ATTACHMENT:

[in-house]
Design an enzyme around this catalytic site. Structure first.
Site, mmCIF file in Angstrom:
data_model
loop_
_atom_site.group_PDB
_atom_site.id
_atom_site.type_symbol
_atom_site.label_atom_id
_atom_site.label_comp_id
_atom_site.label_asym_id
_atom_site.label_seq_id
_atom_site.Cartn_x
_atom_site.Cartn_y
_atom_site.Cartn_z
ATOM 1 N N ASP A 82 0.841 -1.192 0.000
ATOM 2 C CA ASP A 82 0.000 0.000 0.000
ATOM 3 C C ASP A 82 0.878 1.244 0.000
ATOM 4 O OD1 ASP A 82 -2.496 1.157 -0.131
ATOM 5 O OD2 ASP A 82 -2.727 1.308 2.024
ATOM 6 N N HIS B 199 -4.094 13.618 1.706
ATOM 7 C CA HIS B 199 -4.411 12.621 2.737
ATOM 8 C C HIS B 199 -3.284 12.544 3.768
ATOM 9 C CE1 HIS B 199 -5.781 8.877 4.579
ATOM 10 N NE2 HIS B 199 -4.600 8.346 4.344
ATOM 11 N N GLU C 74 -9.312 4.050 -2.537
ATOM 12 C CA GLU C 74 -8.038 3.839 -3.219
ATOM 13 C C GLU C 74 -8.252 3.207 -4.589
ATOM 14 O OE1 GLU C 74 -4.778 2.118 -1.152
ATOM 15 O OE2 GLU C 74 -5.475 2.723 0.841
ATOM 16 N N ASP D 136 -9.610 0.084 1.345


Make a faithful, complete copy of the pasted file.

[in-house]
Design an enzyme around this catalytic site. Structure first.
Site, mmCIF file in Angstrom:
data_model
loop_
_atom_site.group_PDB
_atom_site.id
_atom_site.type_symbol
_atom_site.label_atom_id
_atom_site.label_comp_id
_atom_site.label_asym_id
_atom_site.label_seq_id
_atom_site.Cartn_x
_atom_site.Cartn_y
_atom_site.Cartn_z
ATOM 1 N N ASP A 82 0.841 -1.192 0.000
ATOM 2 C CA ASP A 82 0.000 0.000 0.000
ATOM 3 C C ASP A 82 0.878 1.244 0.000
ATOM 4 O OD1 ASP A 82 -2.496 1.157 -0.131
ATOM 5 O OD2 ASP A 82 -2.727 1.308 2.024
ATOM 6 N N HIS B 199 -4.094 13.618 1.706
ATOM 7 C CA HIS B 199 -4.411 12.621 2.737
ATOM 8 C C HIS B 199 -3.284 12.544 3.768
ATOM 9 C CE1 HIS B 199 -5.781 8.877 4.579
ATOM 10 N NE2 HIS B 199 -4.600 8.346 4.344
ATOM 11 N N GLU C 74 -9.312 4.050 -2.537
ATOM 12 C CA GLU C 74 -8.038 3.839 -3.219
ATOM 13 C C GLU C 74 -8.252 3.207 -4.589
ATOM 14 O OE1 GLU C 74 -4.778 2.118 -1.152
ATOM 15 O OE2 GLU C 74 -5.475 2.723 0.841
ATOM 16 N N ASP D 136 -9.610 0.084 1.345